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little baskets on the branches, and each basket was full of sweets. More than a hundred red, blue, and white little candles were fixed among the branches. Dolls, too, and other toys, were placed among the boughs, and at the very top of the tree was a star of gold tinsel. It was beautiful-very beautiful.

Oh,” thought the tree, “if it were but night, and the tapers lighted! I wonder what will happen then!

Will the trees come from the forest to see me, and the sparrows look at me through the panes of glass ? I should like to know whether I shall grow here, and be decked out like this, summer and winter."

The candles were now lighted, and how bright, how beautiful it was! The tree trembled in all its branches for joy.

And now the folding doors were thrown open, and a troop of children rushed in. They danced round the tree, and shouted till the lights burned down to the branches, and were put out. Then, having leave to plunder the tree, they rushed wildly at it, till all its branches cracked again; and if it had not been fastened to the ceiling by the gold star at the top of it, it is certain it would have been thrown down. At last the children became tired of their sport, and went away for the night; and no one thought of the tree except the old nurse, who came and peeped among the branches to see if a fig or an apple had not been left on it.

The tree was filled with joy to think that the next night it would be decked out in the same manner, with lights and playthings, fruit and gold. To-morrow I shall tremble," it thought. “I will enjoy all my splendour, and hope it may last yet a long time.” The tree stood in deep thought the whole night.

The next morning the servants came in.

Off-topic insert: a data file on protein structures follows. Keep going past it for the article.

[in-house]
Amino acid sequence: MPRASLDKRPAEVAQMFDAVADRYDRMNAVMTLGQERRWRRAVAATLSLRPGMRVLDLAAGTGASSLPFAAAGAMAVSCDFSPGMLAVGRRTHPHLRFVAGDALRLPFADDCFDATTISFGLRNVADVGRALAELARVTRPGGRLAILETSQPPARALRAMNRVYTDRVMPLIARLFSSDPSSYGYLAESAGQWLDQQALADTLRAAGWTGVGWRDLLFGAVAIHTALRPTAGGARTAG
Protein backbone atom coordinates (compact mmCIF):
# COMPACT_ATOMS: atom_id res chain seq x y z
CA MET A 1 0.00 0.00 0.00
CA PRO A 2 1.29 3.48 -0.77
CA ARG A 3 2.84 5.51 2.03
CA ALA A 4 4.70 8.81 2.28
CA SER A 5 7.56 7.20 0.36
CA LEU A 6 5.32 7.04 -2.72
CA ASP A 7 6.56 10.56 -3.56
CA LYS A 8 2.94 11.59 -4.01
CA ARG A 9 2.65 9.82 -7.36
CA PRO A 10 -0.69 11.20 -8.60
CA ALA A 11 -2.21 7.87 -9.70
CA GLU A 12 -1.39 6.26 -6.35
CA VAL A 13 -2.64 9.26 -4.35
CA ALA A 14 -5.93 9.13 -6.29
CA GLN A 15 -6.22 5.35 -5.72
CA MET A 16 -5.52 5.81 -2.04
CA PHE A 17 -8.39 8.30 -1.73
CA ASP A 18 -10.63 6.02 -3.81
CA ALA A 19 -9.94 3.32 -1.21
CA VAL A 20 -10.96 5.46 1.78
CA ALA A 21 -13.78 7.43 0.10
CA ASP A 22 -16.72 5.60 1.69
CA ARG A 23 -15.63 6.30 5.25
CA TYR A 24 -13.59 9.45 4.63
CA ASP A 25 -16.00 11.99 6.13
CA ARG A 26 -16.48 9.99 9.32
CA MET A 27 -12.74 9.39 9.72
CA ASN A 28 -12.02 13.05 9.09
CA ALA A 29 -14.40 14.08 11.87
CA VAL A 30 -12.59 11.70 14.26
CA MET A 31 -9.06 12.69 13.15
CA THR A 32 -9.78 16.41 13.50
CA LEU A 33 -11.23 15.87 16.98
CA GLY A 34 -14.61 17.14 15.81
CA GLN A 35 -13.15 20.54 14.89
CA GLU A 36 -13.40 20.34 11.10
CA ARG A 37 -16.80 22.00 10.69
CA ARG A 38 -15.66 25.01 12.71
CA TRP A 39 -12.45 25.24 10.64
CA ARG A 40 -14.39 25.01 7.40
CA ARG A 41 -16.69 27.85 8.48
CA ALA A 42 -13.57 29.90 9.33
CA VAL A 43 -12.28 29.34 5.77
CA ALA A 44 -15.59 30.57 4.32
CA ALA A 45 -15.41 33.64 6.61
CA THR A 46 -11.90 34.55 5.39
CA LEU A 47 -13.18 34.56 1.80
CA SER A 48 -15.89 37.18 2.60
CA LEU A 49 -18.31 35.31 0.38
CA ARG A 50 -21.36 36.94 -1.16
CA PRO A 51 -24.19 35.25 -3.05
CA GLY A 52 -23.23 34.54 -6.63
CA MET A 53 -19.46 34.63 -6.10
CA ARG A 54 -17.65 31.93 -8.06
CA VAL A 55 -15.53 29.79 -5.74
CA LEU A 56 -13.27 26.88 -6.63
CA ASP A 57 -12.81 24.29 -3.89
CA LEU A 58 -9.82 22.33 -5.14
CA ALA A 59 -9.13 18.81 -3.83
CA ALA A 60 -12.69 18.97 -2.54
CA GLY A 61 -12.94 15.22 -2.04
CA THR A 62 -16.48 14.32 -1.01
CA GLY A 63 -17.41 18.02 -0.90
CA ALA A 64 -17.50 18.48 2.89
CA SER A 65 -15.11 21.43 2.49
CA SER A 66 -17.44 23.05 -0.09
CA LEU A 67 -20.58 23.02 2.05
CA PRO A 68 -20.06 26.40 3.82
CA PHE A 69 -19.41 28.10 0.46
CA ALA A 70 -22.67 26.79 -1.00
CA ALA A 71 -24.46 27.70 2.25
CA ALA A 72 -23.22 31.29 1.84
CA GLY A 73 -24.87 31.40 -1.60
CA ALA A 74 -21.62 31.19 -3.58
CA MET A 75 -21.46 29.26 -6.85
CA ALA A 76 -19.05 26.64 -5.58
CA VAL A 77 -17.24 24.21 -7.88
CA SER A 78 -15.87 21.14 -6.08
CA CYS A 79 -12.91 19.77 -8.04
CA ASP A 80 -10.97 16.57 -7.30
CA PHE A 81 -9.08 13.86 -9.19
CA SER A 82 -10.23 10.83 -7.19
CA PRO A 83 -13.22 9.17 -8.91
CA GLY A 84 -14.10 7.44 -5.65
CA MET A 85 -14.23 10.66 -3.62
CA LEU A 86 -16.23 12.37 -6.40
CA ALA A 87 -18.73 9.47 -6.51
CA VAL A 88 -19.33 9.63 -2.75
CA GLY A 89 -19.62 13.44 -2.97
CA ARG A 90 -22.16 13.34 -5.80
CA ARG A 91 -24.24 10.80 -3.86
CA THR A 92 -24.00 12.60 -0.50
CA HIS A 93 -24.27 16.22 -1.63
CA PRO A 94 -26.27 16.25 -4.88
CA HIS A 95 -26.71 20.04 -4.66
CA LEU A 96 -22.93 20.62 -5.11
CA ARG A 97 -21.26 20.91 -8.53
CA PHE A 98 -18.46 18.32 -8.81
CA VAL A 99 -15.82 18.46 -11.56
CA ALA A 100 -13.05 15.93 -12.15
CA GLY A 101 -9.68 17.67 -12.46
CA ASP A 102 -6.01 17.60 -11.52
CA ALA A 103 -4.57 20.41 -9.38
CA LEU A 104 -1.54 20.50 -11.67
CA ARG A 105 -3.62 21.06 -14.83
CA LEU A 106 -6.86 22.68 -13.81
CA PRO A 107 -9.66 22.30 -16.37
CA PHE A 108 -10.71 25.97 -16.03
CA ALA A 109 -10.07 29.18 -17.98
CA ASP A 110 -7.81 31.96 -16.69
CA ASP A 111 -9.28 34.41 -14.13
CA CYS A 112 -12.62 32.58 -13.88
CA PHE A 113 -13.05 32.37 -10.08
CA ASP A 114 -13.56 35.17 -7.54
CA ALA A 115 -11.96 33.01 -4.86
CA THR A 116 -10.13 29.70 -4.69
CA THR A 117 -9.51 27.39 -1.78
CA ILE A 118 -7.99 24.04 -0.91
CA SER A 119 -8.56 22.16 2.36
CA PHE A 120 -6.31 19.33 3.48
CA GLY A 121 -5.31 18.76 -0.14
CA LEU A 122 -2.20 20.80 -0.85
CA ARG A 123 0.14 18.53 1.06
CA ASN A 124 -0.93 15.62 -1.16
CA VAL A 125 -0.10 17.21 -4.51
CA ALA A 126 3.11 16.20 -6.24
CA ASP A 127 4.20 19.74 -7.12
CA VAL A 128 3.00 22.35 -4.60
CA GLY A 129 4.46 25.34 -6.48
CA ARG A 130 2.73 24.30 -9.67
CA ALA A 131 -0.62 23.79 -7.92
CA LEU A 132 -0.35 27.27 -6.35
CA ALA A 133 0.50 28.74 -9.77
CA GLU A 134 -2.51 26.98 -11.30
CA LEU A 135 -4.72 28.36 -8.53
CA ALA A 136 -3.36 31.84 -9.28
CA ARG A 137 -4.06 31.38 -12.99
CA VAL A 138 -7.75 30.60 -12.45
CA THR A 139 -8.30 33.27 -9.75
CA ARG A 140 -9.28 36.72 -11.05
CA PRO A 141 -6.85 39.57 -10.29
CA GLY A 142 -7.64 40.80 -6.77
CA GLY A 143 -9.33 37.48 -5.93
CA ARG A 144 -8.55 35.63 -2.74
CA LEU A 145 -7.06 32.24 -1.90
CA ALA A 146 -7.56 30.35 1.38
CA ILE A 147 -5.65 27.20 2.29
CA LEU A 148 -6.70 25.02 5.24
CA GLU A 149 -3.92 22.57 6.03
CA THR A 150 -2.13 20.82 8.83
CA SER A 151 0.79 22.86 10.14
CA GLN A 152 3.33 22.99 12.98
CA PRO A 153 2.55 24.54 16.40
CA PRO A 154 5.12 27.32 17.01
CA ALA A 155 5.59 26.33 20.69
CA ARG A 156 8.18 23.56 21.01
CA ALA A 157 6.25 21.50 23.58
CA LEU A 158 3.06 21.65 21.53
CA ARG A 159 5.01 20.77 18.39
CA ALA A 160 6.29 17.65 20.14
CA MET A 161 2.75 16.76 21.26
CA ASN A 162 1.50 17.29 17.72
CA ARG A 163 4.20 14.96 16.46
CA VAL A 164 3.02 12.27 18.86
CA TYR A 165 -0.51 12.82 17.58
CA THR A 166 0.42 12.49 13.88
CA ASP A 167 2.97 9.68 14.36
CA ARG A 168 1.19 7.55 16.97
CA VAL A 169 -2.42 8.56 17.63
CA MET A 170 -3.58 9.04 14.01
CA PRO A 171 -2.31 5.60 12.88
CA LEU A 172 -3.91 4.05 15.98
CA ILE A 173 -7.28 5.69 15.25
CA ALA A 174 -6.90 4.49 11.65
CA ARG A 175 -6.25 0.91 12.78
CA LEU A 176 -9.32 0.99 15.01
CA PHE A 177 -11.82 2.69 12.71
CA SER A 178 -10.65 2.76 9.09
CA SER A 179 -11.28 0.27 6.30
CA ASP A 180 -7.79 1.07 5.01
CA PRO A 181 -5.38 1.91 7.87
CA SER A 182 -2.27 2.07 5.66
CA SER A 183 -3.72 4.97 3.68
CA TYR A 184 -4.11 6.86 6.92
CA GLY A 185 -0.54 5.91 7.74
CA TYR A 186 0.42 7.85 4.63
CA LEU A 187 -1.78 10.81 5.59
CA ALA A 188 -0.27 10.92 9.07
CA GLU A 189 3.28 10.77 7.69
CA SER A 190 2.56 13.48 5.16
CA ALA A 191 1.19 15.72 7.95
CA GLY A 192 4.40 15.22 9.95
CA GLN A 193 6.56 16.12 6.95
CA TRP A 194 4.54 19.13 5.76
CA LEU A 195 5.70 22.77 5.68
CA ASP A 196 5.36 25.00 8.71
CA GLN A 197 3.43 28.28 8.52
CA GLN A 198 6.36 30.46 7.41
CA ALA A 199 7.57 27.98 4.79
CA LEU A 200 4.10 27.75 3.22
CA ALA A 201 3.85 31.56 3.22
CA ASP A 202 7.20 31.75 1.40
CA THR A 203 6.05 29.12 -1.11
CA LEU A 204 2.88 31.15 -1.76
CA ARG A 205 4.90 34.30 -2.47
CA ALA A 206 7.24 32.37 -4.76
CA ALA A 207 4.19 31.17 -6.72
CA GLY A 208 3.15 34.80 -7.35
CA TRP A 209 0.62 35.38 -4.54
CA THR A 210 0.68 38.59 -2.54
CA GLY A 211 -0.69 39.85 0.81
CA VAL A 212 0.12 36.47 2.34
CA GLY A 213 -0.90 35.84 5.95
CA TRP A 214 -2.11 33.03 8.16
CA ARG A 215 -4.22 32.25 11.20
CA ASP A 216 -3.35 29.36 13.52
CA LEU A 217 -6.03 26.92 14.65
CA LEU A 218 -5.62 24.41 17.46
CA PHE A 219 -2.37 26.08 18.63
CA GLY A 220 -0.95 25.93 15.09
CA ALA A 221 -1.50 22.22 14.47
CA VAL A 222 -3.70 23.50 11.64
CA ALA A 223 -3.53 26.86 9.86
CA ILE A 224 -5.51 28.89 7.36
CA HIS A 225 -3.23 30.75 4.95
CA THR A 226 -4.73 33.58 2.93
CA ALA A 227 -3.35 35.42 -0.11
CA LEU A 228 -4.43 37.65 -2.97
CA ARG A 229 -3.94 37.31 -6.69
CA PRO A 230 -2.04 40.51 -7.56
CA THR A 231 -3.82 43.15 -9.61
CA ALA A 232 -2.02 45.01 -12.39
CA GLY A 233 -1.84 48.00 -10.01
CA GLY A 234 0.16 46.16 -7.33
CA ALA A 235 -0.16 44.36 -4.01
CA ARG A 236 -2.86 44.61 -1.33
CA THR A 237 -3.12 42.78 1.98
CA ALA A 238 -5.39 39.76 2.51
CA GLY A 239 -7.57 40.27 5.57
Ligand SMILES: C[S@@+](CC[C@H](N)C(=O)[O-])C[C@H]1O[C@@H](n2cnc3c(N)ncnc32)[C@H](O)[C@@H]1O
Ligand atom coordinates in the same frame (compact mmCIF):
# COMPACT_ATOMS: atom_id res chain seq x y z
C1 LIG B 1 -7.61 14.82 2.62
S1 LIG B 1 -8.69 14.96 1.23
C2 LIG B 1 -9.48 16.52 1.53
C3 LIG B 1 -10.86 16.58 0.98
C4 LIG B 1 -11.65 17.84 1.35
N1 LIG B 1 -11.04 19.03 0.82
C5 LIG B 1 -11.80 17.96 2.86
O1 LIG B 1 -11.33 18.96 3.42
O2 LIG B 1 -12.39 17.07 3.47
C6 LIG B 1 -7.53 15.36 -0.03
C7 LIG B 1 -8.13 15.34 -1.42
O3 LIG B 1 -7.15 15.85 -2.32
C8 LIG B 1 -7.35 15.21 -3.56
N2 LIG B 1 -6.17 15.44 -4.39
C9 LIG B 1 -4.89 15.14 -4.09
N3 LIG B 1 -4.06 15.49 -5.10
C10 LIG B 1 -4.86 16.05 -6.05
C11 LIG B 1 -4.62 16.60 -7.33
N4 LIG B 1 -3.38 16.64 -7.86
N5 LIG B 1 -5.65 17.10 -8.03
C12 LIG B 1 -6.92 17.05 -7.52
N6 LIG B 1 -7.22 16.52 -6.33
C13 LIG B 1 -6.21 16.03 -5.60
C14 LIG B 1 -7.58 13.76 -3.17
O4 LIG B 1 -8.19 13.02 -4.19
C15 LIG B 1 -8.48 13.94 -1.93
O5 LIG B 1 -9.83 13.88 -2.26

“Now," thought the tree, “it's going to begin again;" but they took it out of the room, upstairs, into the loft, and there placed it in a dark corner, where daylight never reached. What can be the meaning of this ?” thought the tree.

“ What am I going to do here, and what shall I hear, I wonder ?"

It leaned against the wall, and thought for many days and nights, for nobody came up; and when at last some one did come, it was to bring up some large boxes to stand in the corner. The tree was quite hidden, and, as it seemed, forgotten as well.

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THE FIR-TREE.

PART III.

"It is now winter," the tree thought. “The earth is hard and covered with snow, so that men cannot plant me, so most likely I am to stay here till the spring comes. How good and thoughtful men are! though I wish it were not quite so dark

up

here. There is not even a hare to be seen. Oh, how grand it was out in the It is very

forest, when the snow lay on the ground, and the hare came running past, even when it jumped over me, though I did not like it! lonely up here ?"

“Squeak! squeak !” said a little mouse, as he popped out of his hole, and snuffed at the fir-tree. “ Can you tell me how to get to the pantry, where cheeses lie on the shelves, and hams are hanging from the ceiling; where you can go in lean and come out fat ? Can you tell me this, you old firtree?"

“I have not been there,” the tree replied ; “but I know the forest, where the sun shines, and the birds sing. And then it told the mice all about its youth; and the little mice, who had not heard anything of the sort before, listened with all their ears, and said, “What a great deal